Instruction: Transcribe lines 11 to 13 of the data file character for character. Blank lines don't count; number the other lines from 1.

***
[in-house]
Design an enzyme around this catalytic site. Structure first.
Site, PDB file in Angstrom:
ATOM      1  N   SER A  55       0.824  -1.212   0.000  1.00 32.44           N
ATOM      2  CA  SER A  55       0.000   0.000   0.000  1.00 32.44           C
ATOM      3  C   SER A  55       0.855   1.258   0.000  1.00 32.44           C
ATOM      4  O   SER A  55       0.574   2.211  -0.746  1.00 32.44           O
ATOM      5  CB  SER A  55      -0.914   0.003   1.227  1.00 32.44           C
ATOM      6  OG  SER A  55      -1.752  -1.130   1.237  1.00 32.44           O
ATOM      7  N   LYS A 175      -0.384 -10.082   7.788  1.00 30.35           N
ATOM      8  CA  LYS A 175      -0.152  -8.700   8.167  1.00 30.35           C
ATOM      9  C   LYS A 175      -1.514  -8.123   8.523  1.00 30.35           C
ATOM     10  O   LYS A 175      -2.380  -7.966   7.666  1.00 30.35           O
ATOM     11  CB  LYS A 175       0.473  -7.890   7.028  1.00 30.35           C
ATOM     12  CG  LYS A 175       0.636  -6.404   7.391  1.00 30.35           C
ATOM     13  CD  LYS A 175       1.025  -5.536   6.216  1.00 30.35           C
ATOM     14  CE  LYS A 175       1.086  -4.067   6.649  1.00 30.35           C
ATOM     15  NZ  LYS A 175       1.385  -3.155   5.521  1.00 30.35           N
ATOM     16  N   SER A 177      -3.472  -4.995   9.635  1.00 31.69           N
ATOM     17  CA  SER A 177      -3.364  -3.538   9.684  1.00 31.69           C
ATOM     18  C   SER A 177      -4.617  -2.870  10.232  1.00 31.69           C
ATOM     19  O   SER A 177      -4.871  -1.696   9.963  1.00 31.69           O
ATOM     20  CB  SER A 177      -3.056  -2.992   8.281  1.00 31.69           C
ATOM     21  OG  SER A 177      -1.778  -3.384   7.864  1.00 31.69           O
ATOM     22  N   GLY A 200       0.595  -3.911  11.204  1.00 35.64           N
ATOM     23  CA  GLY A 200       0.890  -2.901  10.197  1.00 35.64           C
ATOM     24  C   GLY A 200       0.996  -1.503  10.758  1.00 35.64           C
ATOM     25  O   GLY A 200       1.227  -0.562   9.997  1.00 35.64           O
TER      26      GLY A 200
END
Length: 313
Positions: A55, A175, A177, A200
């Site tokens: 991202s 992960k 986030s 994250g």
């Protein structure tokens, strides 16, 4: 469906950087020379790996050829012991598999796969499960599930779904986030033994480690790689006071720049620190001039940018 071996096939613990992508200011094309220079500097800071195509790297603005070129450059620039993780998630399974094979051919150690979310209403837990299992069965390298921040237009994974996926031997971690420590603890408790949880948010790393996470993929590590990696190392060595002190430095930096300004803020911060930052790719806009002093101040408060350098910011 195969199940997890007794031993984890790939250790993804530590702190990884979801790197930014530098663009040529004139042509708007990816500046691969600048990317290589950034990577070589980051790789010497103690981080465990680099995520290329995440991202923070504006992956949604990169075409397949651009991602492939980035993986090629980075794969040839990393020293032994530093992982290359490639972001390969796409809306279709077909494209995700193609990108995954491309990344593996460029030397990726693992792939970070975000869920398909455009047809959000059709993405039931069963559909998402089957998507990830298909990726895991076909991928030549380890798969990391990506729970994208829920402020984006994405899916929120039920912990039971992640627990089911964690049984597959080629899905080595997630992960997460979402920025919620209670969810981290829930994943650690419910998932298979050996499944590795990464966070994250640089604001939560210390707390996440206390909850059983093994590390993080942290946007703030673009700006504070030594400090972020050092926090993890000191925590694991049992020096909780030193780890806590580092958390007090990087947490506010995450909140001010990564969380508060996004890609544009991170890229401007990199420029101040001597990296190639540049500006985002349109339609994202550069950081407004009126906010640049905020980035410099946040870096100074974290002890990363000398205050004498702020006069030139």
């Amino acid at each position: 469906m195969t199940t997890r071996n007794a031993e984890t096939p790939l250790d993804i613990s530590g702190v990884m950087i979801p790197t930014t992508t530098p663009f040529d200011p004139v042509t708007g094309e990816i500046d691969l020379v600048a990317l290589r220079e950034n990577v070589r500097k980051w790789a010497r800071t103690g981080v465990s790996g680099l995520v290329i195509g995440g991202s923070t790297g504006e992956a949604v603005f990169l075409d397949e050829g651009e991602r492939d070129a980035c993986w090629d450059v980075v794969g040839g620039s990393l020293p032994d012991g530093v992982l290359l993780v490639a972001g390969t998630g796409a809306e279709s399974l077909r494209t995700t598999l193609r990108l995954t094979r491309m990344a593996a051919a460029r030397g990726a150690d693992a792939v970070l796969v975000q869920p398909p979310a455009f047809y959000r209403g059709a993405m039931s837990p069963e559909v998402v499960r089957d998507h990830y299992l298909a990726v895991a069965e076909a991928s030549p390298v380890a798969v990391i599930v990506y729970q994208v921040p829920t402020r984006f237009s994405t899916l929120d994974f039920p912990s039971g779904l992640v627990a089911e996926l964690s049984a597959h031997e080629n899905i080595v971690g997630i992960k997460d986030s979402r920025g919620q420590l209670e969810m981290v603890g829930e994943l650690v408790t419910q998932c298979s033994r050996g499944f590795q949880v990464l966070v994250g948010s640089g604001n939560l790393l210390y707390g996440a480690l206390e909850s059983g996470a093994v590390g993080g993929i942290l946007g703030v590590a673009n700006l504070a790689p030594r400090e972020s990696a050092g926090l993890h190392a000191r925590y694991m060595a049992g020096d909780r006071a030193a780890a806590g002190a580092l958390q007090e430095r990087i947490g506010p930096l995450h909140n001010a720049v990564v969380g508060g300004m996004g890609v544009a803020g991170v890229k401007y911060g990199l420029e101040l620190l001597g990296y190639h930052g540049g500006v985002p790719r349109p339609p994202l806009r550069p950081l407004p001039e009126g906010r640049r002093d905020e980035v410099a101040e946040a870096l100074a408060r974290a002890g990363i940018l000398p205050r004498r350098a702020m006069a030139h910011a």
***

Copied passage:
ATOM      8  CA  LYS A 175      -0.152  -8.700   8.167  1.00 30.35           C
ATOM      9  C   LYS A 175      -1.514  -8.123   8.523  1.00 30.35           C
ATOM     10  O   LYS A 175      -2.380  -7.966   7.666  1.00 30.35           O